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Gilbert and Sullivan and Bennet – Sunday column, February 27, 2011

Posted on Feb 28, 2011

Sing this, really fast:

    We eat… cod cheeks, cod tongues
    Even though they’re odd tongues,
    Fish sticks ‘n’ Digby chicks
    As dainty as you wish!
    We eat flatfish like the flounder
    And some others that’re rounder,
    And you ain’t a Nova Scotian
    If you don’t like fish!

Among good friends, and after a sufficient quantity of rum, that’s a song I love to sing. You have to sing it at a dead gallop, mind. If you stop to think, or even to breathe, you’ll never get through it.

“Nova Scotia Diet” was written by Jim Bennet about 150 years ago – that is, back in the 1960s, when Bennet was co-host of Singalong Jubilee, the beloved CBC television program that ran from 1961 to 1974. The show was one of the first to give national exposure to east-coast music, incubating the careers of such notables as Anne Murray, Catherine MacKinnon and John Allan Cameron. Another musician, who drove in from Windsor to participate, became famous for quite another reason; he morphed into the internationally-celebrated businessman, Sir Graham Day.

Bennet was a pillar of the CBC for more than 30 years, producing innumerable documentaries and dramas. Retiring in 1986, he spent another 12 years working for the family public-relations firm, Bennet Communications. He has since written a couple of books, Jim Bennet’s Verse and  Jim Bennet Rhymes Again: Light-Hearted Verse from the Laureate of Atlantic Humour. His stage show, Back to Back Bennet, was presented at the Chester Playhouse in 2004, and included 30 of his songs. In all, he has written more than 90 songs, including such Nova Scotia classics as “Rum and Blueberry Pie.”

 And – at 80-plus — he’s now written a musical, Out of Lunenburg, which premieres this Thursday and Friday. The show inaugurates the Spatz Theatre at Citadel High School, built by the school board but finished and furnished by volunteers and donors.   Proceeds from the new show will go to the theatre itself.

 Set in 1925, when a whole fleet of wooden schooners set out every year for the Grand Banks, Out of Lunenburg is framed within a three month trip by the schooner Margaret B. Meisner,  or “Maggie B.” The ship has a young skipper named Avery Mossman, sailing on his first voyage as captain, while Ben Barkhouse, the ship’s 12-year-old “flunky,” is going to sea the very first time.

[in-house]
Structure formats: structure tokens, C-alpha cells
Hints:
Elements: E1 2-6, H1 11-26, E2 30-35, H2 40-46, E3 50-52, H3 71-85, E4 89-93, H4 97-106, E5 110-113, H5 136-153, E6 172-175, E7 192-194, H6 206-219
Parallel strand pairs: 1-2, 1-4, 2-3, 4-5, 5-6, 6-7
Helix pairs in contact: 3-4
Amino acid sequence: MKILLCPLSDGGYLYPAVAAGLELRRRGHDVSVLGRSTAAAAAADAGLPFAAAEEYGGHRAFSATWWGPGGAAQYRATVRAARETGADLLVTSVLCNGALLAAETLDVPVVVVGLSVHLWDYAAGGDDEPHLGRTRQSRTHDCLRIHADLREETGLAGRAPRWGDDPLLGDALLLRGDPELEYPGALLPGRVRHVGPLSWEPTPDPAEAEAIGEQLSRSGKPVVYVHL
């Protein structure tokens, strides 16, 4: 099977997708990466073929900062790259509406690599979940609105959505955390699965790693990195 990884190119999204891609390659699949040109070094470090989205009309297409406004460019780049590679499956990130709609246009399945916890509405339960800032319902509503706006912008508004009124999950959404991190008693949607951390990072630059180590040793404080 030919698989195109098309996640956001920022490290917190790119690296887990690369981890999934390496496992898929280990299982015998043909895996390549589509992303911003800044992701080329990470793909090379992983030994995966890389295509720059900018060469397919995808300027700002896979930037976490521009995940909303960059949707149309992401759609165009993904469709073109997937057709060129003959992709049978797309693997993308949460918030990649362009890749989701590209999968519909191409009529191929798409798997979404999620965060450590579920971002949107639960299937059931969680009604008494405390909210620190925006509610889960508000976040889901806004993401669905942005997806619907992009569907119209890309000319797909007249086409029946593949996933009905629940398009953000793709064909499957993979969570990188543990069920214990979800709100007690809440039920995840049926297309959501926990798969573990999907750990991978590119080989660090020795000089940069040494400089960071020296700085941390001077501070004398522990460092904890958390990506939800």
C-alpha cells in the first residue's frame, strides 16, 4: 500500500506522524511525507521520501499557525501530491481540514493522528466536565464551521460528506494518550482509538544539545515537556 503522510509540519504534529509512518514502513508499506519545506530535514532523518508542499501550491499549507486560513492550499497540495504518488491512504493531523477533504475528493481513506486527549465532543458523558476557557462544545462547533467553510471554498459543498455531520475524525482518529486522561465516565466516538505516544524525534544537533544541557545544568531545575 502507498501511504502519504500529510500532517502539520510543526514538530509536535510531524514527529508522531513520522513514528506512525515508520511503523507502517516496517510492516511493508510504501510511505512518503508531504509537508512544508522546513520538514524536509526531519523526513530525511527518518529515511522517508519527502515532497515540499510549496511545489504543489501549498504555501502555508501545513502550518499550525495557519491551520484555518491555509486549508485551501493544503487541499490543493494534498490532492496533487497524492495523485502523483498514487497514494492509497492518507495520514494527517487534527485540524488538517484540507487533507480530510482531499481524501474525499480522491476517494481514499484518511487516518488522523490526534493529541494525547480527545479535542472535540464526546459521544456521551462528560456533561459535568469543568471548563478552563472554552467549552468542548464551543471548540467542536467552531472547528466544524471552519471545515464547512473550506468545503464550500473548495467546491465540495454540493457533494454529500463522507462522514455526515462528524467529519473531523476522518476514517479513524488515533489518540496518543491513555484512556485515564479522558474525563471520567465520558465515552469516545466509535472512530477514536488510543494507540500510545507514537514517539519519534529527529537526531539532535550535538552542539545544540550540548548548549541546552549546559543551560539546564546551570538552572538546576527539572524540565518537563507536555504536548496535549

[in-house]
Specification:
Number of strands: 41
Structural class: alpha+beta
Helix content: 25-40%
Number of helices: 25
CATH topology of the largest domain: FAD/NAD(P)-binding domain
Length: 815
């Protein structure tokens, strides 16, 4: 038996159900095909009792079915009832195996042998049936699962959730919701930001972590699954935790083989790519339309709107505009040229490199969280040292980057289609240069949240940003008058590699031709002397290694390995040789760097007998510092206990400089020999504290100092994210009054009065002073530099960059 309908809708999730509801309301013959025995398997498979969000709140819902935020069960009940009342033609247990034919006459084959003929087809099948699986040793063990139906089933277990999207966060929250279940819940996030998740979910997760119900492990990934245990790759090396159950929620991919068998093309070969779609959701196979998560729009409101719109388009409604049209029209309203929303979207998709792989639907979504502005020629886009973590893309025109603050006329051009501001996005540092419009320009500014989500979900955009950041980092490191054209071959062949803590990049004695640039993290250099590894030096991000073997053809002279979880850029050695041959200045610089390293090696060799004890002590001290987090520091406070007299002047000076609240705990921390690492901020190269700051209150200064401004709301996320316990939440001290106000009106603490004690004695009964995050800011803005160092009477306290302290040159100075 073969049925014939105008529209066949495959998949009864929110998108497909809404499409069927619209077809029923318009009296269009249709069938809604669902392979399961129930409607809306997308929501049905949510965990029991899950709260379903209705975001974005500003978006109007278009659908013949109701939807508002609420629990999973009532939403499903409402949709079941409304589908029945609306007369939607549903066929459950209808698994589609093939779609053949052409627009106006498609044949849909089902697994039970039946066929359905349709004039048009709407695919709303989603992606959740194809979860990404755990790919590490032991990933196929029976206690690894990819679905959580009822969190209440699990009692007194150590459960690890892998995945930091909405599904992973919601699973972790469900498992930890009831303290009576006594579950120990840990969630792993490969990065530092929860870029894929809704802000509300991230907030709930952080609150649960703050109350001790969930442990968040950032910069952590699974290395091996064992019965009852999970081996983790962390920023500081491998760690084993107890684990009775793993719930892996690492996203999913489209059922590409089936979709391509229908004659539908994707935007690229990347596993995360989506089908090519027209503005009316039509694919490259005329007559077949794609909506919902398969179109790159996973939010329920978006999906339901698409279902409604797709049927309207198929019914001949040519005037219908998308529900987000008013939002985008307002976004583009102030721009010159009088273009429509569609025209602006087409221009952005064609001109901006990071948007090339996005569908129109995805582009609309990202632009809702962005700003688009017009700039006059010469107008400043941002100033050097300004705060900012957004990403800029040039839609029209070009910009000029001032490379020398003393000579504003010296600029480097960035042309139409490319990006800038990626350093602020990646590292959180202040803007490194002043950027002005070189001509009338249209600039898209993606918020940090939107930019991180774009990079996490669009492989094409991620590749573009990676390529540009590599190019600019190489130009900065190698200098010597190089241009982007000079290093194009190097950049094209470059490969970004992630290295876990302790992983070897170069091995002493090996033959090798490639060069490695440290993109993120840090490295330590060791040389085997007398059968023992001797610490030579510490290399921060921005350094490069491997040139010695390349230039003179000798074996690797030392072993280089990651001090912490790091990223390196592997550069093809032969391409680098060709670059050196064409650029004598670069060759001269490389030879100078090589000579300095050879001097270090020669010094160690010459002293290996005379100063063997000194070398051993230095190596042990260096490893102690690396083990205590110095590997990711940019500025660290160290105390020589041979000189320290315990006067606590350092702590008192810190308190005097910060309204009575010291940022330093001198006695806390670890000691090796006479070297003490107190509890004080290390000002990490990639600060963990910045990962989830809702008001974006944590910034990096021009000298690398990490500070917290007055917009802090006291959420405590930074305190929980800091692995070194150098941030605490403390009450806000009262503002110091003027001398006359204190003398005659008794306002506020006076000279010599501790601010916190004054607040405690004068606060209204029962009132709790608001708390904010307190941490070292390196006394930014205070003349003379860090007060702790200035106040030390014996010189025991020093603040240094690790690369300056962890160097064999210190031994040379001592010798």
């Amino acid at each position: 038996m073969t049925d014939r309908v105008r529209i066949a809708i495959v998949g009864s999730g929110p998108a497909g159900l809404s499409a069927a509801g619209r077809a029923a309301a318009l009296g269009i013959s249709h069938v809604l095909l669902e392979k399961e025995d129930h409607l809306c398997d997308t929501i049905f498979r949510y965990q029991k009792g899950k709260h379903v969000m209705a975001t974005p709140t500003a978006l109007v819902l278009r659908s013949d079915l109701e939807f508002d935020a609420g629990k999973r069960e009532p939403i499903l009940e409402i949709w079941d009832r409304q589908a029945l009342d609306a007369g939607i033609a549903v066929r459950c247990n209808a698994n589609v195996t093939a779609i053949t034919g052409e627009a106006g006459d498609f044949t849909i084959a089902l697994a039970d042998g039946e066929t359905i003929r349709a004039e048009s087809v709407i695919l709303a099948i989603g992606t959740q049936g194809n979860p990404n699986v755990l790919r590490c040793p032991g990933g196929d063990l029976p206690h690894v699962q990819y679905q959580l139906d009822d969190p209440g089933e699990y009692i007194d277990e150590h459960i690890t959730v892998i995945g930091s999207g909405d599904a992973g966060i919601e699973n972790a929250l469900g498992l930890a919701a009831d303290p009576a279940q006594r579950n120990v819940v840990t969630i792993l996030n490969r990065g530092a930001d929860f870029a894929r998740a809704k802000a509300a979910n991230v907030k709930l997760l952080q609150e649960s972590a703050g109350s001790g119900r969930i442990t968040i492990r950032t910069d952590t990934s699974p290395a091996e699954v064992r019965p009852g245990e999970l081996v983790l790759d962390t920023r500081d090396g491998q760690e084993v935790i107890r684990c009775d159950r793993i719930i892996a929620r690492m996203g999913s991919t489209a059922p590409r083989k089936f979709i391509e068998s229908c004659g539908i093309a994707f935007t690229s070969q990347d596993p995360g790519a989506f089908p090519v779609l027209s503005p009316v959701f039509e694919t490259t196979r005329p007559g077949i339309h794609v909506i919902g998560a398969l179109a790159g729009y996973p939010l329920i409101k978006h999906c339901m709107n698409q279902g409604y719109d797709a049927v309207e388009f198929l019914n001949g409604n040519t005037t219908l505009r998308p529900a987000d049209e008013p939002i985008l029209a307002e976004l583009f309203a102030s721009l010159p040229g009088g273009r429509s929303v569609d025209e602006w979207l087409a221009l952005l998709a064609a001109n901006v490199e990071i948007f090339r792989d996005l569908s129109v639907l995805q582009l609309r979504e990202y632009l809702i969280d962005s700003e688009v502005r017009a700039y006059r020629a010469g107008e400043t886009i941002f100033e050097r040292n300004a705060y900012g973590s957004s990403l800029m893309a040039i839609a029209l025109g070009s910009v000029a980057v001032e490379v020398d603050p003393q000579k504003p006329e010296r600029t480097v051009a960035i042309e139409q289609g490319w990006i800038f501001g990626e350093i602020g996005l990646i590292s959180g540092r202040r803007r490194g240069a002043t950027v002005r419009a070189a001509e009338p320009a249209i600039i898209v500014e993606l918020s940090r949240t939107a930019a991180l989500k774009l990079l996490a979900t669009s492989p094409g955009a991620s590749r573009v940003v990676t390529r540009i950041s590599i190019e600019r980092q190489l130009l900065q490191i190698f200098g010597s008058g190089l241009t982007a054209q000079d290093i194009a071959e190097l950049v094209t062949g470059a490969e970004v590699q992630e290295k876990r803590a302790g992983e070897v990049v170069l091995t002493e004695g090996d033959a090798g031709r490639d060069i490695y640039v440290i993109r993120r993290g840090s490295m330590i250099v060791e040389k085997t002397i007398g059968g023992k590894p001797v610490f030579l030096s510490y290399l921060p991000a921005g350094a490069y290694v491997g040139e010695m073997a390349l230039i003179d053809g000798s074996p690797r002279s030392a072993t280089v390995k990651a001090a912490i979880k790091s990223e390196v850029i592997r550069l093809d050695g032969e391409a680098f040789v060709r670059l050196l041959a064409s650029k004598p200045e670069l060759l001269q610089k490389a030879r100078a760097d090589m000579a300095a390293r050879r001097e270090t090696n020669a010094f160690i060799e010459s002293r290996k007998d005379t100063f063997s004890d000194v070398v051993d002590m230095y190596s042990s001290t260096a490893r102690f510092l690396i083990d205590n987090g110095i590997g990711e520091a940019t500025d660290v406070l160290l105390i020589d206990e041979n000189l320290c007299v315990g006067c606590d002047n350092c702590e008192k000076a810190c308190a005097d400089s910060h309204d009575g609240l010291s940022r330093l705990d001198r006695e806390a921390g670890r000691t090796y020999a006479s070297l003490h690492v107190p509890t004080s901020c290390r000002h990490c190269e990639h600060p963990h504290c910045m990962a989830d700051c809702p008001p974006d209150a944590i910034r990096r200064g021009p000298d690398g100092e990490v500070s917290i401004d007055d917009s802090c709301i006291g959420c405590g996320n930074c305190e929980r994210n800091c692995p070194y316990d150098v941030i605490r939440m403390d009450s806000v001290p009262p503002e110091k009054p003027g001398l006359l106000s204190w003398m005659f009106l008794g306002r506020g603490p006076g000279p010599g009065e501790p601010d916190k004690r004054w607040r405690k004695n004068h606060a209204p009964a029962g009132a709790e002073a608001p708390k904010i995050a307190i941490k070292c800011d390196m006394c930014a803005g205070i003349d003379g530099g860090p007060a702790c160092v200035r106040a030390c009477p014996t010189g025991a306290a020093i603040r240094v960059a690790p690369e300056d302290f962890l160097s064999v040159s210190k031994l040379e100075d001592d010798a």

Meanwhile, back in Lunenburg, the friends, lovers and families of the crew suffer through a silent three-month wait, hoping that their loved ones are safe and that the fishing has been good.  So the characters in the show also include Sarah Mossman, Cap’n Avery’s wife; Ruby Barkhouse, Ben’s mother; Lily Fralick, the widow of Maggie B’s skipper, and others related to the crew. And then there are the town’s own characters, like Knock, the “honeyman” who empties the town’s outhouses, and what the program calls “the very beautiful and very available Reenie Rhodenizer, fancied by dory mates and best friends Norman Getson and Henry Oxner.”

It’s a huge cast, with no obvious stars – rather like a Gilbert and Sullivan operetta, by the sound of it. And that’s no accident. As the tongue-twisting patter of “Nova Scotia Diet” attests, Sir William Gilbert is among Jim Bennet’s inspirations — and the production is being mounted by the Gilbert and Sullivan Society of Nova Scotia, who are also rehearsing a May production of The Yeomen of the Guard.

Out of Lunenburg is the society’s  first production of a show that was not written by Gilbert and Sullivan.  Producer Jacqui Good says she’s “amazed by this show,” and by the new songs it contains.

“Two women sing ‘widows walk the waterfronts of every fishing town,’ and break your heart,” she says. “The cook aboard the Maggie B sings a jaunty number, ‘Supper for Twenty Two‘, by his lonely wife singing ‘Supper for Only Me.And even aboard ship two love-struck young men have a haunting duet ‘As Much as She Loves Me.’”

The show, says Jim Bennet, is “a totally home-grown product, with every song and situation unique to Nova Scotia,”  offering “an even balance of humour, history, drama and love interest."

Sign me up. See you there!

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